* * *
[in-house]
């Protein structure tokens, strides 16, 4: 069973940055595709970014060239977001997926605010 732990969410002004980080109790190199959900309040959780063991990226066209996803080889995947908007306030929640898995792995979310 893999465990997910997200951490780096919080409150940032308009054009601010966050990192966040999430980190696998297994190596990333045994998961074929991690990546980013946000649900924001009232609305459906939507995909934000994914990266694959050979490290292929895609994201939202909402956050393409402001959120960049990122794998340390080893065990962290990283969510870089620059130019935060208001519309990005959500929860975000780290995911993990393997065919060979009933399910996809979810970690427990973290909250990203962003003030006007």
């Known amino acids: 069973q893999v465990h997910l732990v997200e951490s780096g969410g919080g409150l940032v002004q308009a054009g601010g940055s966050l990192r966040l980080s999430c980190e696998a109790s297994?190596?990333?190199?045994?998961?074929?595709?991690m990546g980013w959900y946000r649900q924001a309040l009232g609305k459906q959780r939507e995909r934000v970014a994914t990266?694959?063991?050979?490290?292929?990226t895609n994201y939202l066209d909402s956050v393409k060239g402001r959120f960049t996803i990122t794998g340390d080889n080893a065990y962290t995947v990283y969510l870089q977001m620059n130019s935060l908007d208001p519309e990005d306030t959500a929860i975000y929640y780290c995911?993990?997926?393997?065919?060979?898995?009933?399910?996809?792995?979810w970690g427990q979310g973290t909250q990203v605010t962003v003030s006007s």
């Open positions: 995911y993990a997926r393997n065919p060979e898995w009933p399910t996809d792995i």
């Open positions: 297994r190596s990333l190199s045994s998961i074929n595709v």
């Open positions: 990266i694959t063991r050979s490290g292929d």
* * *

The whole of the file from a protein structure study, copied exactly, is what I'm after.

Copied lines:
[in-house]
């Protein structure tokens, strides 16, 4: 069973940055595709970014060239977001997926605010 732990969410002004980080109790190199959900309040959780063991990226066209996803080889995947908007306030929640898995792995979310 893999465990997910997200951490780096919080409150940032308009054009601010966050990192966040999430980190696998297994190596990333045994998961074929991690990546980013946000649900924001009232609305459906939507995909934000994914990266694959050979490290292929895609994201939202909402956050393409402001959120960049990122794998340390080893065990962290990283969510870089620059130019935060208001519309990005959500929860975000780290995911993990393997065919060979009933399910996809979810970690427990973290909250990203962003003030006007």
């Known amino acids: 069973q893999v465990h997910l732990v997200e951490s780096g969410g919080g409150l940032v002004q308009a054009g601010g940055s966050l990192r966040l980080s999430c980190e696998a109790s297994?190596?990333?190199?045994?998961?074929?595709?991690m990546g980013w959900y946000r649900q924001a309040l009232g609305k459906q959780r939507e995909r934000v970014a994914t990266?694959?063991?050979?490290?292929?990226t895609n994201y939202l066209d909402s956050v393409k060239g402001r959120f960049t996803i990122t794998g340390d080889n080893a065990y962290t995947v990283y969510l870089q977001m620059n130019s935060l908007d208001p519309e990005d306030t959500a929860i975000y929640y780290c995911?993990?997926?393997?065919?060979?898995?009933?399910?996809?792995?979810w970690g427990q979310g973290t909250q990203v605010t962003v003030s006007s």
């Open positions: 995911y993990a997926r393997n065919p060979e898995w009933p399910t996809d792995i």
């Open positions: 297994r190596s990333l190199s045994s998961i074929n595709v």
């Open positions: 990266i694959t063991r050979s490290g292929d």